I’m sure you’ve had this happen before. You’re enjoying a game of tennis with your friends when all of a sudden, one side of your racquet’s strings snap!
They say that an ounce of prevention is worth a pound of cure. I’ve heard this phrase time and again, but never more than when it came to my tennis game.
The tennis string is what makes the ball fly across the court. As an avid tennis player, there’s nothing worse than having to stop mid-match because your string snapped in the middle of play.
The tennis string is the most important part of your racket. It connects the racket head to the handle, and if it breaks or wears out, you won’t be able to play with any power or balance.
Unfortunately, most of these strings are not made to last more than a fixed number of hours on average, why your strings are breaking depends on a few factors we’ll cover below.
It can be frustrating for both you and your opponent, not to mention incredibly inconvenient! But after years of trial and error with strings (and other brands), I finally found the perfect solution: choosing durable strings as well as knowing how you can make them last longer so that your game doesn’t suffer!
Why Tennis Strings Are Breaking?
It’s the season for tennis! The balls are bouncing, the nets are being slammed, and your strings keep breaking. It can be frustrating not being able to play because of something so small like a string breaking. What gives? It’s a common issue with tennis players that their stringing is not up to par or they need new stringing altogether.
So, it seems like a lot of players experience string breakage while playing. Do you know why this might be?
1. Playing in humid weather
Tennis players can’t always control the weather, but they can take steps to protect their racket from humid conditions. When playing in humid weather, tennis strings can break. This is because the humidity makes the strings stretch and become more brittle.
If you live in a hot and humid environment or are traveling to one for a tournament, it’s important to know how humidity affects your strings and what you can do about it.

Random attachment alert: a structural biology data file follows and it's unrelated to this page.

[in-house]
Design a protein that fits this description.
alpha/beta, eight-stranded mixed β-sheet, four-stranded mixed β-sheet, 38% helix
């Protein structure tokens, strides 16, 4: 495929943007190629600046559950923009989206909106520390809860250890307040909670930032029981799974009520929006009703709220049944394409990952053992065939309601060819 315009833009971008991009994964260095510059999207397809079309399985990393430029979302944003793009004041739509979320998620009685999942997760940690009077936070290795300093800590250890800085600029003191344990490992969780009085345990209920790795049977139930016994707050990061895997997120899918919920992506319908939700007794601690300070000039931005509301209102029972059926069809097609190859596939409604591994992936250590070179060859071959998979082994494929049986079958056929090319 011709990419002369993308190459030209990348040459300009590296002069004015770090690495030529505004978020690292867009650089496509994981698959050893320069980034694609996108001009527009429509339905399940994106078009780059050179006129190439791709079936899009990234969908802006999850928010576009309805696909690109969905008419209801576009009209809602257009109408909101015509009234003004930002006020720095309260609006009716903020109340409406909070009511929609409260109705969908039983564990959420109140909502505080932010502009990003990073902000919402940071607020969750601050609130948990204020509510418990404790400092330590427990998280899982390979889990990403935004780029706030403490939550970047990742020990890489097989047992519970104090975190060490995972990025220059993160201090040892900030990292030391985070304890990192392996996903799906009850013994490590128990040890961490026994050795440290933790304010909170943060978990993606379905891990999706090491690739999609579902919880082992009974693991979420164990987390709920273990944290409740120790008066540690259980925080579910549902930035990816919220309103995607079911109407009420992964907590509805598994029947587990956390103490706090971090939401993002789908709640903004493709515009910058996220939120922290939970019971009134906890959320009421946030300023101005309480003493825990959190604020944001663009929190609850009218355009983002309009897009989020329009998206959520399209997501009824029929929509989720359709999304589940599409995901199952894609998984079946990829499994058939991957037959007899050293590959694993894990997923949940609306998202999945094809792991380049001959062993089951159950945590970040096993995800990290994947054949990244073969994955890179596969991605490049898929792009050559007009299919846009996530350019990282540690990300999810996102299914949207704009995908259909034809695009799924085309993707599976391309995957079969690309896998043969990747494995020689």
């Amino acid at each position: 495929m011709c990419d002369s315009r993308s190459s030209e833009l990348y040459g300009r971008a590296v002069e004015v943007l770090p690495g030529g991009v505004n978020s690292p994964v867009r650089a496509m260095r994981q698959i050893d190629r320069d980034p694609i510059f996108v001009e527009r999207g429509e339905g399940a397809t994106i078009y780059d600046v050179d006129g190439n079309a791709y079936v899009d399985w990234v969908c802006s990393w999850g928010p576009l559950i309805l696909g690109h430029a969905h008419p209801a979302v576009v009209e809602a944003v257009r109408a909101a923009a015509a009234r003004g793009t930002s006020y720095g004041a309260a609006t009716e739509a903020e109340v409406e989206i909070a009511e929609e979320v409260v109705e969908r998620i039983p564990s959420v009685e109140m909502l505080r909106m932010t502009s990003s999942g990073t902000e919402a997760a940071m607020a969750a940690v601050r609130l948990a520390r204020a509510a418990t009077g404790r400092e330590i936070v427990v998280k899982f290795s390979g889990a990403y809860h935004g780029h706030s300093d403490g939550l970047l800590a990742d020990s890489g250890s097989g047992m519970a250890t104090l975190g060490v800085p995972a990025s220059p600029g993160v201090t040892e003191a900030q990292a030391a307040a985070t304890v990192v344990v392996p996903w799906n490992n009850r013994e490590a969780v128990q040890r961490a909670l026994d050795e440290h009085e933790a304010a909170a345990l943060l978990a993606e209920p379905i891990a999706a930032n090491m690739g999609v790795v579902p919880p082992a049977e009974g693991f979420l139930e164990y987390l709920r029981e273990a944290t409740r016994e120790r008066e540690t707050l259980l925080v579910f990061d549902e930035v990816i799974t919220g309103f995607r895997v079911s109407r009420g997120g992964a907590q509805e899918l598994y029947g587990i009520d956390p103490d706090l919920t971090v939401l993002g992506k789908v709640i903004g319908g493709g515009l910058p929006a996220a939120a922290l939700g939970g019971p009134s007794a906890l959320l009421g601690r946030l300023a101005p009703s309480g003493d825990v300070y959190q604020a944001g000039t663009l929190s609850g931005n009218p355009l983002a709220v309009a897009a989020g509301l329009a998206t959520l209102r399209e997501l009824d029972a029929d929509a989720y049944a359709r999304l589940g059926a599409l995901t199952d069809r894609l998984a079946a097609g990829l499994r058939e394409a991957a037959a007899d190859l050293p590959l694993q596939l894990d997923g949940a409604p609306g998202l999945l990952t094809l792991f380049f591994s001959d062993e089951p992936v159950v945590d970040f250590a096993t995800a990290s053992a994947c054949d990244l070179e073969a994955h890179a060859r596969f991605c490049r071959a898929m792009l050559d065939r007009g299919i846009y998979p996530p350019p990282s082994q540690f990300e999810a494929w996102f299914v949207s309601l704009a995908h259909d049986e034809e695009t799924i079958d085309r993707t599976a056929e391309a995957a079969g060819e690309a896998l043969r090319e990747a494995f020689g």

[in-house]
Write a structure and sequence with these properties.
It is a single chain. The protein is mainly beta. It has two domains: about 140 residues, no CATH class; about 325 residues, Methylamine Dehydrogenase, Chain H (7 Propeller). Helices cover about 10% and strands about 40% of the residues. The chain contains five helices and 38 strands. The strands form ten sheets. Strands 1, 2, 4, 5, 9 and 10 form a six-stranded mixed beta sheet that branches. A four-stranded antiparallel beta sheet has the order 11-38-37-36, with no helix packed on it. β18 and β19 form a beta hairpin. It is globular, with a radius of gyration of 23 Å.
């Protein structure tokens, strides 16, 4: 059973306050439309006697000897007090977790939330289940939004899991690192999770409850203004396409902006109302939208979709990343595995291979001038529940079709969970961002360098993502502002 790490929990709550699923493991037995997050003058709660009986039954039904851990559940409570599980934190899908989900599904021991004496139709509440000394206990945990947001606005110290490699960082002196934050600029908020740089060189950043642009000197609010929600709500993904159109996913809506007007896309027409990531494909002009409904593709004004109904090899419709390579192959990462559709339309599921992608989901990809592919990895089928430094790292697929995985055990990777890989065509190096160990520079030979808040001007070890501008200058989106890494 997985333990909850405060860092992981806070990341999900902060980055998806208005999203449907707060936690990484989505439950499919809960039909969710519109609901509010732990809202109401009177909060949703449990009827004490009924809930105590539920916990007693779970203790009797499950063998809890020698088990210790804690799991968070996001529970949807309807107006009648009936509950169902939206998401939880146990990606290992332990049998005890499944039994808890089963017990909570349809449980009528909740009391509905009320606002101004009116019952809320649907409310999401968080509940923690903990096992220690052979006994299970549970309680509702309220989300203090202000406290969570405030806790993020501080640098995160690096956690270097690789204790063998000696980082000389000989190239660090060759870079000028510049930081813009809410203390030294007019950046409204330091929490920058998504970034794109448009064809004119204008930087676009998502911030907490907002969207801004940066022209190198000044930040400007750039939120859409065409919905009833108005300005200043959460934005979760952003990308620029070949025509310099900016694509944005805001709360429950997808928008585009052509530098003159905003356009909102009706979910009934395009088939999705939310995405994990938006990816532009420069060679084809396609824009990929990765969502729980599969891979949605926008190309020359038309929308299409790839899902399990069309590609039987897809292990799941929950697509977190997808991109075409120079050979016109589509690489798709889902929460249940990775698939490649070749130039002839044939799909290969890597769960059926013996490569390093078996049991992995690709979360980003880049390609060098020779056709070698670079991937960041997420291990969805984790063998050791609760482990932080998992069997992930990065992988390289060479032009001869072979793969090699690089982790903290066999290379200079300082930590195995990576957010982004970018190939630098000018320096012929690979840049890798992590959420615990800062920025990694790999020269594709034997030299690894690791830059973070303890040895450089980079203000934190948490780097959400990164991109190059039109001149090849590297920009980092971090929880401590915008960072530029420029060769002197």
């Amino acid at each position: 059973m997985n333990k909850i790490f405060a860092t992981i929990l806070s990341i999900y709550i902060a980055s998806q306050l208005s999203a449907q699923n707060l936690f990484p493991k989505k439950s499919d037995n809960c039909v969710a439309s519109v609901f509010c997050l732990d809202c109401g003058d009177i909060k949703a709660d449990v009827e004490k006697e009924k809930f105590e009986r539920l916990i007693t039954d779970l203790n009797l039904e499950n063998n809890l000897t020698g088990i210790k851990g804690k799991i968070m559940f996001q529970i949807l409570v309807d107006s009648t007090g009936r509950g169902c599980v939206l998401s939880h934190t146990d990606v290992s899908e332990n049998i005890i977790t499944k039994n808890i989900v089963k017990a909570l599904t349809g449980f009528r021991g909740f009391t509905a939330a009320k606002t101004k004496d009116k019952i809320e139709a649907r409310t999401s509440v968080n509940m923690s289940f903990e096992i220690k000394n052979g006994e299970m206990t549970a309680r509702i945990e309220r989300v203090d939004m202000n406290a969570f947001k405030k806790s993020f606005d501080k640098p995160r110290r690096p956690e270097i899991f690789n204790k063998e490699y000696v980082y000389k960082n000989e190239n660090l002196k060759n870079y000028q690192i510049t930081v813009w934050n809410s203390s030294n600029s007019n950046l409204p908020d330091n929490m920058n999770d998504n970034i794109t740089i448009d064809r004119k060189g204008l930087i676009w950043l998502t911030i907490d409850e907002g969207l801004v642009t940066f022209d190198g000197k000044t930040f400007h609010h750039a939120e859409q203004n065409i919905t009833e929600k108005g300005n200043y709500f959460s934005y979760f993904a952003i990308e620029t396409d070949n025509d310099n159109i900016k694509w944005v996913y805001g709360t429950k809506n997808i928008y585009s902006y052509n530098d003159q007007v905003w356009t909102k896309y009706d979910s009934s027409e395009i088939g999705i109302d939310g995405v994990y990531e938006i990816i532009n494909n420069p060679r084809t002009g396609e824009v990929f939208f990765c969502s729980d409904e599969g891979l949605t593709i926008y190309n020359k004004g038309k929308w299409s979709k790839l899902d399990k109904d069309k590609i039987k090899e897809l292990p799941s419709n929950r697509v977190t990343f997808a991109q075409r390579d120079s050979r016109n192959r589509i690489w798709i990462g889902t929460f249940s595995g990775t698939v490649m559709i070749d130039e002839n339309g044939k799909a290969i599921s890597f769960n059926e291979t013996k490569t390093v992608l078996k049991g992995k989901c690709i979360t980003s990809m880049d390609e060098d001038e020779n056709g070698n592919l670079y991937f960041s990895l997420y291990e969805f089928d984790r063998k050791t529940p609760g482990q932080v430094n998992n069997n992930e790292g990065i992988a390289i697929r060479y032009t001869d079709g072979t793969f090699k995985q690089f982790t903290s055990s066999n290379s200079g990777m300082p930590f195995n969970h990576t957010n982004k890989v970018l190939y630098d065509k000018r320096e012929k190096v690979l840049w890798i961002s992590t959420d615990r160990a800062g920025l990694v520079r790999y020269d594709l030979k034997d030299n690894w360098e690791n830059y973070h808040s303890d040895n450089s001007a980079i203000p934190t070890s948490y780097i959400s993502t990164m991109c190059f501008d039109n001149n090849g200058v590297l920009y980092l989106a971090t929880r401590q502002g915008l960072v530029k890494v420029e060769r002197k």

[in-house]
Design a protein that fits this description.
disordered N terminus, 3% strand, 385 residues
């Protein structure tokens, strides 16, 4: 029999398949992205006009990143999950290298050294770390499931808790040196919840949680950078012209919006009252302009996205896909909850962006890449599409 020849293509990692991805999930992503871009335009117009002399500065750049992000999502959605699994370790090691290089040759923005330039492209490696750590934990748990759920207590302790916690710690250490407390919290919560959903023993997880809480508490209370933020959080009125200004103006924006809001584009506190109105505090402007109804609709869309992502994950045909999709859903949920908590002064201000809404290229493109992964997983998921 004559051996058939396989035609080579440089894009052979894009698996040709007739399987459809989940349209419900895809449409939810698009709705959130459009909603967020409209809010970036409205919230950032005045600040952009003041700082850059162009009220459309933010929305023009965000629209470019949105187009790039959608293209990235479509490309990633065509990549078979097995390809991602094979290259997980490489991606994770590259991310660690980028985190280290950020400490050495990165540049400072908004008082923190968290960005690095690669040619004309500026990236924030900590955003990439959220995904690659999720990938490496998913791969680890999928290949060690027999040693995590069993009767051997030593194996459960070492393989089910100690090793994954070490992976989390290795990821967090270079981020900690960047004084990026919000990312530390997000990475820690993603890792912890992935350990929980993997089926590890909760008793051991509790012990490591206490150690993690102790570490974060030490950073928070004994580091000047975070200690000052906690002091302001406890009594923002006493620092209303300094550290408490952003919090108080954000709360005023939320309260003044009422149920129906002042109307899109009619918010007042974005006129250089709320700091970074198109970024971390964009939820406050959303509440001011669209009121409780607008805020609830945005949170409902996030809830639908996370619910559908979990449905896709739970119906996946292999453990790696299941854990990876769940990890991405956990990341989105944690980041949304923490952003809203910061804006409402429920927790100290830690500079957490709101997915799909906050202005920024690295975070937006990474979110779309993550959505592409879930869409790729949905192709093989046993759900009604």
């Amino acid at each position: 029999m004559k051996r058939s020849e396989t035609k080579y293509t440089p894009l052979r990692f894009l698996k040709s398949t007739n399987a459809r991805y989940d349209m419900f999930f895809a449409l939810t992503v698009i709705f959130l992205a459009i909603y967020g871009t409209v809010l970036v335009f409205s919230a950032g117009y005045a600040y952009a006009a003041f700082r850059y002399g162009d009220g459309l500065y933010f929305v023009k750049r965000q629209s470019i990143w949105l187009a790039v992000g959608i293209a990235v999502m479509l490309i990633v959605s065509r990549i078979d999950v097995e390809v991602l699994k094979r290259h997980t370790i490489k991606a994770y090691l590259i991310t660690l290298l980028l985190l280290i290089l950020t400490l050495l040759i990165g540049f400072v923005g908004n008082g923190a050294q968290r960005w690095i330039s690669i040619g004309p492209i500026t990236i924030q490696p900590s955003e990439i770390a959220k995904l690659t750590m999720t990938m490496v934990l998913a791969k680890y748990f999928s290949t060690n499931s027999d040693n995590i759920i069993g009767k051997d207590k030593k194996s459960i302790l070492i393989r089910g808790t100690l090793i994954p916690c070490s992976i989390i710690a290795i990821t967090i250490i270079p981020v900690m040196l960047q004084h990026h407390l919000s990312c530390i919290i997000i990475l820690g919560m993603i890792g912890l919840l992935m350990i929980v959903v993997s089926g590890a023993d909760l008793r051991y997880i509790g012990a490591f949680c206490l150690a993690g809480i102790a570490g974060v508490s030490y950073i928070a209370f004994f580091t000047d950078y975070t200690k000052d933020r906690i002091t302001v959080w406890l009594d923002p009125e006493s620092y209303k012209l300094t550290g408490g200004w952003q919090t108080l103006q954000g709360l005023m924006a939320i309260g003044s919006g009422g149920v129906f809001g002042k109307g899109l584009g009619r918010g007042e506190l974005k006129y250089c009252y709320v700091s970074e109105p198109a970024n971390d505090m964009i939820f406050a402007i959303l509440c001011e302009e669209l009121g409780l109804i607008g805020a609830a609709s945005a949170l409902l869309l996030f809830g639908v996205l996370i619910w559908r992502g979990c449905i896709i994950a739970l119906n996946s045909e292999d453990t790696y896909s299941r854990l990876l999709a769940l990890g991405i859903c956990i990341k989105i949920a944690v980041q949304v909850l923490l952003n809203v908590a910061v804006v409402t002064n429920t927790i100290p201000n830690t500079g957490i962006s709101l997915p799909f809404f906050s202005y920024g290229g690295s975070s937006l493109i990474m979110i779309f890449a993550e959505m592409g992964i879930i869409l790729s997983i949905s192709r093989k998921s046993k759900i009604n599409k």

The most common problem with playing in high intensity is that the strings get wetter than usual. When wet, tennis strings have less tension which makes them more susceptible to breaking so be sure not only to use a damp cloth on your racket before each match but also after if you’ve been sweating profusely.
In addition, keep an eye out for signs of wear such as fraying or unraveling at cut ends because these are often caused when playing in wet conditions.
2. Thin gauges
Thin gauge strings are known for breaking regularly. This is because the thinner gauges make the string more prone to breakage due to their lack of durability. When you look at a thicker gauge, it has more layers of material that makes up for this issue and it will last longer.
The idea of the thin gauges is that they are easier on your arm. The downside to them is there’s less tension recommended for them, which can cause the strings to break quicker than thicker gauges do.
It also depends on if you’re a beginner or not, as beginners will find it easier with thicker gauges because it will be much more forgiving and easy to get used to, and more durable.
But for professional players who have been playing tennis their whole lives, they’ll find that these strings offer too little feel and power.
3. Powerful playing styles
Do you know what causes tennis strings to break? It’s not the racket, oftentimes it’s your playing style!
Some play styles are specifically responsible for the frequent breaking of the racket string. Players with heavy topspin and those with long and powerful swings are quite likely to break strings, particularly if the tension and type of string are not optimized to their style of play.
This means that they are putting more pressure on their rackets and stringing them tighter. When this happens, it is easy for the string to snap because there is simply too much tension. The low-powered players don’t have as much stress put on their strings so they last longer with fewer breaks in between changes of string.
Tennis is a high-intensity sport that requires players to be in top physical condition. This often leads to tennis strings breaking due to the amount of force they are under when hit by the ball.
The tennis playing style of some players is so aggressive that it causes the string to break. This can be a problem because if the player does not know how to change their strings or doesn’t have enough budget to constantly restring, they will become frustrated.
One way you could avoid this happening would be by using softer strings that are less likely to snap or breaking during play. This would also help with your overall grip on the ball as well.
4. High frequency of play
Playing a lot of tennis can cause the strings on your tennis racket to break. Tennis strings are composed of many individual strands and they fray along with use. The more you play, the faster these strands will break and need replacing.